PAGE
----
August 2009 Free Flatpicking Lesson
Flatpicking Guitar Magazine
Exploring Flatpicking Styles with "Billy in the Lowground"
by Dan Miller and Tim May
Tim May and I just finished our newest volume of the
Flatpicking Essentials series. This one is titled Flatpicking Essentials, Volume 5: Improvisation and Style Studies.
Improvisation is one of those things that flatpickers always ask about
at workshops and seminars. It is one of those mysterious and elusive
concepts that is hard for many people to grasp. In this volume of the
series we take away the mystery by presenting a step-by-step gradual
learning method that will have you improvising immediately and then
build your skill slowly and steadily. By the end of this book you will
have the confidence and the skill to step out and start improvising at
your next jam session. If you are interesting in really learning how to
improvise, I recommend that you check out this book.
In addition to the
extensive improvisation section, part 2 of this book includes “Style
Studies” that are focused on the “founding fathers” of flatpicking:
Doc Watson, Norman Blake, Clarence White, Tony Rice, and Dan Crary.
This section of the book profiles elements of each of these player’s
flatpicking styles, and then teaches you how to work those style
elements into your own solos by giving you many song and fiddle tune
The purpose of this section of the
course is not to teach you how to play like note-for-note like Doc,
Tony, Norman, Dan, or Clarence. There are many books, CDs, videos, and
DVDs that cover the exact playing styles of each of these great
flatpickers. Our approach to this section of the book is to first
present to you what we think are the major contributions that each of
these artists brought to the world of flatpicking. This means that we
are going to focus on the general ideas and techniques that each of
these masters first brought to flatpicking that made their contribution
unique at that time. Every one of these players, with the exception of
Clarence White, is still playing to this day and they are each
extremely versatile. Over the decades that they have been playing and
recording music each have offered more to the world of flatpicking than
we could ever cover in one book. So, a thorough study of each of these
players is not our goal here.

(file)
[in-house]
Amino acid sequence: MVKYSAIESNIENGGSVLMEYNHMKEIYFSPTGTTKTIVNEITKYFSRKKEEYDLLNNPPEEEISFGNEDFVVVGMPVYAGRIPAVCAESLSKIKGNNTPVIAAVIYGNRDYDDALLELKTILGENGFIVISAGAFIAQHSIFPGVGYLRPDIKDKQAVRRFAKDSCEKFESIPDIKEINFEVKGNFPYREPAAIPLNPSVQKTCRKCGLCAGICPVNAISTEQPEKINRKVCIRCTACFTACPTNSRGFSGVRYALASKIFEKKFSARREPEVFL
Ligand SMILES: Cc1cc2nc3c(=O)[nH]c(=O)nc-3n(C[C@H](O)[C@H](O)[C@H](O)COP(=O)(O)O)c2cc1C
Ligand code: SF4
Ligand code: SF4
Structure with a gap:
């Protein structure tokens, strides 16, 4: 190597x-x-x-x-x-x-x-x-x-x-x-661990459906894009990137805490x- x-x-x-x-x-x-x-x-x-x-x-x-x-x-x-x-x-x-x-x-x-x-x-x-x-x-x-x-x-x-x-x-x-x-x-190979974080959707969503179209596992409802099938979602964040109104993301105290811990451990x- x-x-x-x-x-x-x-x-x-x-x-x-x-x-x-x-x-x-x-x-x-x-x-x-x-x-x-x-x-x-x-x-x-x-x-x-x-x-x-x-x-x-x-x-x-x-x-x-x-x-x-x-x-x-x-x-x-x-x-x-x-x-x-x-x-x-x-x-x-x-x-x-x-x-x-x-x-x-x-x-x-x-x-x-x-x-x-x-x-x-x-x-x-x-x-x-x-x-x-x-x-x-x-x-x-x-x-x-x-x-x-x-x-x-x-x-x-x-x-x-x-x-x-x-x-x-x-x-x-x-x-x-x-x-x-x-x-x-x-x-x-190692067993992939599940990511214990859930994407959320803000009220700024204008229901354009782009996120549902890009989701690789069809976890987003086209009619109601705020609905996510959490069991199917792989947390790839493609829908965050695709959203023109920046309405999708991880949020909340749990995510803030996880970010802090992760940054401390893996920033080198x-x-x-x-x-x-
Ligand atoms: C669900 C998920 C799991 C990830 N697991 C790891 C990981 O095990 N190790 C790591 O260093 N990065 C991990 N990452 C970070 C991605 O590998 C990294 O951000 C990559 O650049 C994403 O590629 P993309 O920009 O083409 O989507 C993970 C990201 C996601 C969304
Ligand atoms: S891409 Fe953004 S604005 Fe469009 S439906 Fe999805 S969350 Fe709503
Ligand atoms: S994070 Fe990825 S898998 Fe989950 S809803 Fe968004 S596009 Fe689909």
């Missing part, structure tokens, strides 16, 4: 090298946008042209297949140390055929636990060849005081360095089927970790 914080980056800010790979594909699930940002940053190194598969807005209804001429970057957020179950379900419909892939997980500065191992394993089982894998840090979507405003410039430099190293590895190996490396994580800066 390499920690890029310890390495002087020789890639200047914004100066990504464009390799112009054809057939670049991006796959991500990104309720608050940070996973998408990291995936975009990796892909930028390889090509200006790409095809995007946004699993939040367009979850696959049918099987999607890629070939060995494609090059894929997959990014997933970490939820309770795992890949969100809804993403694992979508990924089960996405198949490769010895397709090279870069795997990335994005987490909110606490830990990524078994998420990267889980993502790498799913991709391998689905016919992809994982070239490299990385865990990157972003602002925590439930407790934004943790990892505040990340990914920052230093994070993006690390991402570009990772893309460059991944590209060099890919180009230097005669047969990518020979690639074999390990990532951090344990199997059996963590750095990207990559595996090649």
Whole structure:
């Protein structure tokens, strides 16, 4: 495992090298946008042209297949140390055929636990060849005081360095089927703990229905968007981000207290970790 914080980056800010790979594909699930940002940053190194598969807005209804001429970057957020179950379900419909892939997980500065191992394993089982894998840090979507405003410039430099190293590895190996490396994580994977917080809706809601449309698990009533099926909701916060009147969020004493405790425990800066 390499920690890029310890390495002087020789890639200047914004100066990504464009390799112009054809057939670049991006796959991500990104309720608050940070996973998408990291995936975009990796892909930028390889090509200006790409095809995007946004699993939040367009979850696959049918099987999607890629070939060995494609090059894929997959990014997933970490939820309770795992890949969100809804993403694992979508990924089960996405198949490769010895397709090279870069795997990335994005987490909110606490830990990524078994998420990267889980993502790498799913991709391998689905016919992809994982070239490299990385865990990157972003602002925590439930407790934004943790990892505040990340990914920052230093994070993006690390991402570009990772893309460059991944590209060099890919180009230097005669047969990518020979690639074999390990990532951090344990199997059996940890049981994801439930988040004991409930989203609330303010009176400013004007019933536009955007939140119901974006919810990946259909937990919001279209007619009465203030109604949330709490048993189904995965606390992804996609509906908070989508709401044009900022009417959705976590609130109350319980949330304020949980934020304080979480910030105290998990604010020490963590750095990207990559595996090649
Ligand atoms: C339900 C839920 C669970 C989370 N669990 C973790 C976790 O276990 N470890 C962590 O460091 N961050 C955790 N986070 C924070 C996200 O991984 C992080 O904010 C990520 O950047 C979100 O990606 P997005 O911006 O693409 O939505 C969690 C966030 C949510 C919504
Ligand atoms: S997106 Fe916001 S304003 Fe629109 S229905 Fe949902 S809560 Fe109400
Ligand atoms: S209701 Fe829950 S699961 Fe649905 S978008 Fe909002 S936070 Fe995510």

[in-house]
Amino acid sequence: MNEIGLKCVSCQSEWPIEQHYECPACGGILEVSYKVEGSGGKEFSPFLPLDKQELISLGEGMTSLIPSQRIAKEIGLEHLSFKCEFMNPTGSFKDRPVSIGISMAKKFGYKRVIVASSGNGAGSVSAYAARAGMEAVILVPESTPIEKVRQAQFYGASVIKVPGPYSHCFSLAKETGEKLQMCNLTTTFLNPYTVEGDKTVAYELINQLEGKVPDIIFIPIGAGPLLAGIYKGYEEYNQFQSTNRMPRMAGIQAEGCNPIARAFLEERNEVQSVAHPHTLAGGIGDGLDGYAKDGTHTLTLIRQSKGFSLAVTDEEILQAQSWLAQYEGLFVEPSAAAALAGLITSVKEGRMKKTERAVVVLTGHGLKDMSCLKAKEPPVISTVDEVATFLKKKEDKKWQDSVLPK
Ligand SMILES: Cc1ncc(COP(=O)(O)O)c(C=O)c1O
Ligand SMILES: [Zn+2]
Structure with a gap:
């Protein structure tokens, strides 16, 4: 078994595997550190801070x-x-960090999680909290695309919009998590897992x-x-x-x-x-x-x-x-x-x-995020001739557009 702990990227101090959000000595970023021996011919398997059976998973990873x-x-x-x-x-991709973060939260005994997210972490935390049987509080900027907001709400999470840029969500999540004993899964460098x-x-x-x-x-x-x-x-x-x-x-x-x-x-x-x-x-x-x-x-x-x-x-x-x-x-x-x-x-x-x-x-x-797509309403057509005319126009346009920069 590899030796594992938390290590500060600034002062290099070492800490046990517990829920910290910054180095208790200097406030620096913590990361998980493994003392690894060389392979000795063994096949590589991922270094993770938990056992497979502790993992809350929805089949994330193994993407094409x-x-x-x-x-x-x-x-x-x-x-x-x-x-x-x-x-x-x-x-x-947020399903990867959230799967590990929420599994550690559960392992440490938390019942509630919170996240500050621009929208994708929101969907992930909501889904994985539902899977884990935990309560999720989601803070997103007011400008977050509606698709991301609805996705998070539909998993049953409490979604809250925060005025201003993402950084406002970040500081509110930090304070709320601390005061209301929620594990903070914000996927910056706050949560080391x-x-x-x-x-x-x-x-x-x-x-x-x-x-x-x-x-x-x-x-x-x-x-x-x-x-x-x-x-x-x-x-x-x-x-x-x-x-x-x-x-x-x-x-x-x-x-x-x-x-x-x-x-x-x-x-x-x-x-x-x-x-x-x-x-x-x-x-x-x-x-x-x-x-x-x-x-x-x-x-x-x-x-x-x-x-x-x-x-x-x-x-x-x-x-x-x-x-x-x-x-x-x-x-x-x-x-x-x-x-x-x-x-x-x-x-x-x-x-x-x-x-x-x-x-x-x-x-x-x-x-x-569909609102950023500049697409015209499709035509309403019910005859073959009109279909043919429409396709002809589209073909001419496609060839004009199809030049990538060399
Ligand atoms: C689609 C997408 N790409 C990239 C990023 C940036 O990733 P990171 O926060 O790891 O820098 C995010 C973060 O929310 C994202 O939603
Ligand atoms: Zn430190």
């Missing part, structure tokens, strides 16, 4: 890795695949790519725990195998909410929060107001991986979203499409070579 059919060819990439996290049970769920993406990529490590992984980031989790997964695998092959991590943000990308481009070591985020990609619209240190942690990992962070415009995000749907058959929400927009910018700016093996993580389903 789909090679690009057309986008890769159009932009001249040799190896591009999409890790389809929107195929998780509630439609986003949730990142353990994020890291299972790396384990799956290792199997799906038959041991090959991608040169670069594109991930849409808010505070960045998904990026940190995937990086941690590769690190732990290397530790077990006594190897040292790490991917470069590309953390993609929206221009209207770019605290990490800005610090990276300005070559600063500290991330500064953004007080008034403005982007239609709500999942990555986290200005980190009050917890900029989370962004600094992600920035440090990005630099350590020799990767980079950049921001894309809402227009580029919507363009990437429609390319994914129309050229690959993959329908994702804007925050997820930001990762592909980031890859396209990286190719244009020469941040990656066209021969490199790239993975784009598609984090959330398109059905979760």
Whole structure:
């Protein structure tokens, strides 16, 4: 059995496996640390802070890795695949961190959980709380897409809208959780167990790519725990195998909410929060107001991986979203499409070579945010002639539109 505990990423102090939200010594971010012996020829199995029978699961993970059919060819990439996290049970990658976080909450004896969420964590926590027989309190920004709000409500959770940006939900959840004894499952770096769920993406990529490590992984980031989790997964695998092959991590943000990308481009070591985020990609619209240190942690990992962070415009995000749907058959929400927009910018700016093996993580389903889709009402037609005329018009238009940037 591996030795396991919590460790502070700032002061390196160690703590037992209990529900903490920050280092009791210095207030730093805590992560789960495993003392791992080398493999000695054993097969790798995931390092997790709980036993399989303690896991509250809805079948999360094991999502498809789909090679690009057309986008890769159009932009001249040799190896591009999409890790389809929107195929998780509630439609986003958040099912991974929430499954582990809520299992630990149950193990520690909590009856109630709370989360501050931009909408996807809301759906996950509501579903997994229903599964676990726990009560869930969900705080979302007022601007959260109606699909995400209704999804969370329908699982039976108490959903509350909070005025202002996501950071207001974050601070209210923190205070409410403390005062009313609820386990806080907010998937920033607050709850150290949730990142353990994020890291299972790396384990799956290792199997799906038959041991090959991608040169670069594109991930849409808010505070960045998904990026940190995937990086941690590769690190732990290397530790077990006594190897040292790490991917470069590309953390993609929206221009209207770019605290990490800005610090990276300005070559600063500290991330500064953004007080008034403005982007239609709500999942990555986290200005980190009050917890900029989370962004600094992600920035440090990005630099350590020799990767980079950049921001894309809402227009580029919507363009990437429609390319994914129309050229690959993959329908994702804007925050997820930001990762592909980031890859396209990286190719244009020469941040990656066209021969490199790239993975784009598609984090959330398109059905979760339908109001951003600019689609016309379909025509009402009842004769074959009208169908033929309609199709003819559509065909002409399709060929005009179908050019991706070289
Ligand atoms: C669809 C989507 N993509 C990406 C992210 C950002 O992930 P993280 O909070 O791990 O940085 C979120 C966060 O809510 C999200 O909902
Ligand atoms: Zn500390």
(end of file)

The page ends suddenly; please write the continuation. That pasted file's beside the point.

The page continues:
Our goal is to examine
what made these players unique back when the first entered the music
world and how you can flavor your own playing with their ideas,
techniques, or style elements. In order to do so, we present short
sections on each player, which include a few example songs and/or licks
that contain elements of their style. These are not exact
note-for-note transcriptions, but rough arrangements based on solos
that these artist performed during the early stages of their careers.
Again, our goal is to simply give you a feel for their style, not teach
you to mimic or clone their style.
After we present a
short section on each of the above mentioned flatpickers, we then
present arrangements of eight different popular tunes, or songs, that
utilize these style elements. Each of these arrangement were
improvised by Tim May and recorded live without any prearranging,
overdubbing, or edits. In fact, coming into the studio Tim had no idea
what songs he was going to play. We decided on the tune or song in
the moment and then Tim played it improvisationally. The only outline
that Tim wrote up before playing the tune was to say, something like
“On the first section I’m going to think about Doc, the second section
Clarence, and the last time through I’ll think about Tony.” Then we
Tim’s intention in
playing these song’s improvisationally was to give each different
section of the song the feel of a different player, but not be a clone
of any of these players. We presented the songs in this manner because
this is the way we would like our readers to study these flatpicking
masters. There is no reason to copy, or clone, what these players do.
We encourage you to learn something about what they brought to this
genre of music and then develop your own way to express those ideas in
In this month’s lesson
we present you with one of the tunes from this course, “Billy in the
Lowground.” At the top of each section of the tune we have indicated
which artist Tim was thinking about while he was recording this tune.
You will notice that in this version Tim also threw in a few Pat Flynn
and Mark O’Connor licks.